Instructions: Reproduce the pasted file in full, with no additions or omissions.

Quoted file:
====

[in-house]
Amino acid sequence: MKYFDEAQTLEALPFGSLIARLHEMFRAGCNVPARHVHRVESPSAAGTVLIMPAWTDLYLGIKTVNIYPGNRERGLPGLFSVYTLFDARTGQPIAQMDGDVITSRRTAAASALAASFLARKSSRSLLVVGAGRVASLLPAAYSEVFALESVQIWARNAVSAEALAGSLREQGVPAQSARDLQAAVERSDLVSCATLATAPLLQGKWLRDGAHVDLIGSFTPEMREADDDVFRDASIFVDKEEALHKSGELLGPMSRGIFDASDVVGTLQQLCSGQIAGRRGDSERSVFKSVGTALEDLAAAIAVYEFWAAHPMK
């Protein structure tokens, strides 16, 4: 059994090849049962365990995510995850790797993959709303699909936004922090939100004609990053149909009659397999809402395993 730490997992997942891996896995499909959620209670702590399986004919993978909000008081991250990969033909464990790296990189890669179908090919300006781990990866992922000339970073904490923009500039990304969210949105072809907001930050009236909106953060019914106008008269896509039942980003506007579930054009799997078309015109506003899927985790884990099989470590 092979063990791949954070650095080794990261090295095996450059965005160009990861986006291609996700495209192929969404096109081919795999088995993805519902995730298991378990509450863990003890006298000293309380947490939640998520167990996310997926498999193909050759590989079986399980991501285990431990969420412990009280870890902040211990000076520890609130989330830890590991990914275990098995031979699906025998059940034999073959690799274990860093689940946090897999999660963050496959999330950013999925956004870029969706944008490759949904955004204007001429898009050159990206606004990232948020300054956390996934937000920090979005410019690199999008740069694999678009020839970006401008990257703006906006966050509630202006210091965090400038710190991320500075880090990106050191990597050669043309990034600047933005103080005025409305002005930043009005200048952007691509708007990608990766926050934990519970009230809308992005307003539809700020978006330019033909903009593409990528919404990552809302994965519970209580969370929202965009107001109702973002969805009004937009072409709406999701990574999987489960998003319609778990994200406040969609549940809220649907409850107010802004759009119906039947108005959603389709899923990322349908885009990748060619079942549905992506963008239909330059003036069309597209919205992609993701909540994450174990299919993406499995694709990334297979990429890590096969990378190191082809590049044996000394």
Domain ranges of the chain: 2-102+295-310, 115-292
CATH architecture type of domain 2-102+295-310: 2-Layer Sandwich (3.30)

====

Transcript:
[in-house]
Amino acid sequence: MKYFDEAQTLEALPFGSLIARLHEMFRAGCNVPARHVHRVESPSAAGTVLIMPAWTDLYLGIKTVNIYPGNRERGLPGLFSVYTLFDARTGQPIAQMDGDVITSRRTAAASALAASFLARKSSRSLLVVGAGRVASLLPAAYSEVFALESVQIWARNAVSAEALAGSLREQGVPAQSARDLQAAVERSDLVSCATLATAPLLQGKWLRDGAHVDLIGSFTPEMREADDDVFRDASIFVDKEEALHKSGELLGPMSRGIFDASDVVGTLQQLCSGQIAGRRGDSERSVFKSVGTALEDLAAAIAVYEFWAAHPMK
């Protein structure tokens, strides 16, 4: 059994090849049962365990995510995850790797993959709303699909936004922090939100004609990053149909009659397999809402395993 730490997992997942891996896995499909959620209670702590399986004919993978909000008081991250990969033909464990790296990189890669179908090919300006781990990866992922000339970073904490923009500039990304969210949105072809907001930050009236909106953060019914106008008269896509039942980003506007579930054009799997078309015109506003899927985790884990099989470590 092979063990791949954070650095080794990261090295095996450059965005160009990861986006291609996700495209192929969404096109081919795999088995993805519902995730298991378990509450863990003890006298000293309380947490939640998520167990996310997926498999193909050759590989079986399980991501285990431990969420412990009280870890902040211990000076520890609130989330830890590991990914275990098995031979699906025998059940034999073959690799274990860093689940946090897999999660963050496959999330950013999925956004870029969706944008490759949904955004204007001429898009050159990206606004990232948020300054956390996934937000920090979005410019690199999008740069694999678009020839970006401008990257703006906006966050509630202006210091965090400038710190991320500075880090990106050191990597050669043309990034600047933005103080005025409305002005930043009005200048952007691509708007990608990766926050934990519970009230809308992005307003539809700020978006330019033909903009593409990528919404990552809302994965519970209580969370929202965009107001109702973002969805009004937009072409709406999701990574999987489960998003319609778990994200406040969609549940809220649907409850107010802004759009119906039947108005959603389709899923990322349908885009990748060619079942549905992506963008239909330059003036069309597209919205992609993701909540994450174990299919993406499995694709990334297979990429890590096969990378190191082809590049044996000394």
Domain ranges of the chain: 2-102+295-310, 115-292
CATH architecture type of domain 2-102+295-310: 2-Layer Sandwich (3.30)